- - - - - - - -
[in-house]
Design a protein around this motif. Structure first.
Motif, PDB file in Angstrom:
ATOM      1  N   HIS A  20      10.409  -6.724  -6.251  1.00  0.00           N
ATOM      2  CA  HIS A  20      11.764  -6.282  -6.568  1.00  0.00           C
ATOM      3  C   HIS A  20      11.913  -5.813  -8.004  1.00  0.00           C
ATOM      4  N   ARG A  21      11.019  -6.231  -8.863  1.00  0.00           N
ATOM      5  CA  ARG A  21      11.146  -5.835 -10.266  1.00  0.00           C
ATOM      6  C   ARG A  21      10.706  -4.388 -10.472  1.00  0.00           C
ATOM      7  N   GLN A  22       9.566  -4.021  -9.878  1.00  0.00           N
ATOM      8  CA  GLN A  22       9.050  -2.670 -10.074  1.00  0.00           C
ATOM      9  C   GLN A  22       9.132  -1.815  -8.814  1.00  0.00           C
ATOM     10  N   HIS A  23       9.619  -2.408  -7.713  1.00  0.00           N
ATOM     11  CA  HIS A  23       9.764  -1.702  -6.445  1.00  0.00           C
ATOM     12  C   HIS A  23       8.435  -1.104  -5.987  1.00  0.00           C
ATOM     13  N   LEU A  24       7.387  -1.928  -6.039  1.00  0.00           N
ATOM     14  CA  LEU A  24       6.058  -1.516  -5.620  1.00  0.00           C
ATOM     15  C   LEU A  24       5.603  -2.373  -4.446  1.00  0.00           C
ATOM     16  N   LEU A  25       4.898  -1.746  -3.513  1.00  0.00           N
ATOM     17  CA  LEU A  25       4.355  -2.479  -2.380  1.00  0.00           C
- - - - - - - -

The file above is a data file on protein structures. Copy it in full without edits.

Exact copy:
[in-house]
Design a protein around this motif. Structure first.
Motif, PDB file in Angstrom:
ATOM      1  N   HIS A  20      10.409  -6.724  -6.251  1.00  0.00           N
ATOM      2  CA  HIS A  20      11.764  -6.282  -6.568  1.00  0.00           C
ATOM      3  C   HIS A  20      11.913  -5.813  -8.004  1.00  0.00           C
ATOM      4  N   ARG A  21      11.019  -6.231  -8.863  1.00  0.00           N
ATOM      5  CA  ARG A  21      11.146  -5.835 -10.266  1.00  0.00           C
ATOM      6  C   ARG A  21      10.706  -4.388 -10.472  1.00  0.00           C
ATOM      7  N   GLN A  22       9.566  -4.021  -9.878  1.00  0.00           N
ATOM      8  CA  GLN A  22       9.050  -2.670 -10.074  1.00  0.00           C
ATOM      9  C   GLN A  22       9.132  -1.815  -8.814  1.00  0.00           C
ATOM     10  N   HIS A  23       9.619  -2.408  -7.713  1.00  0.00           N
ATOM     11  CA  HIS A  23       9.764  -1.702  -6.445  1.00  0.00           C
ATOM     12  C   HIS A  23       8.435  -1.104  -5.987  1.00  0.00           C
ATOM     13  N   LEU A  24       7.387  -1.928  -6.039  1.00  0.00           N
ATOM     14  CA  LEU A  24       6.058  -1.516  -5.620  1.00  0.00           C
ATOM     15  C   LEU A  24       5.603  -2.373  -4.446  1.00  0.00           C
ATOM     16  N   LEU A  25       4.898  -1.746  -3.513  1.00  0.00           N
ATOM     17  CA  LEU A  25       4.355  -2.479  -2.380  1.00  0.00           C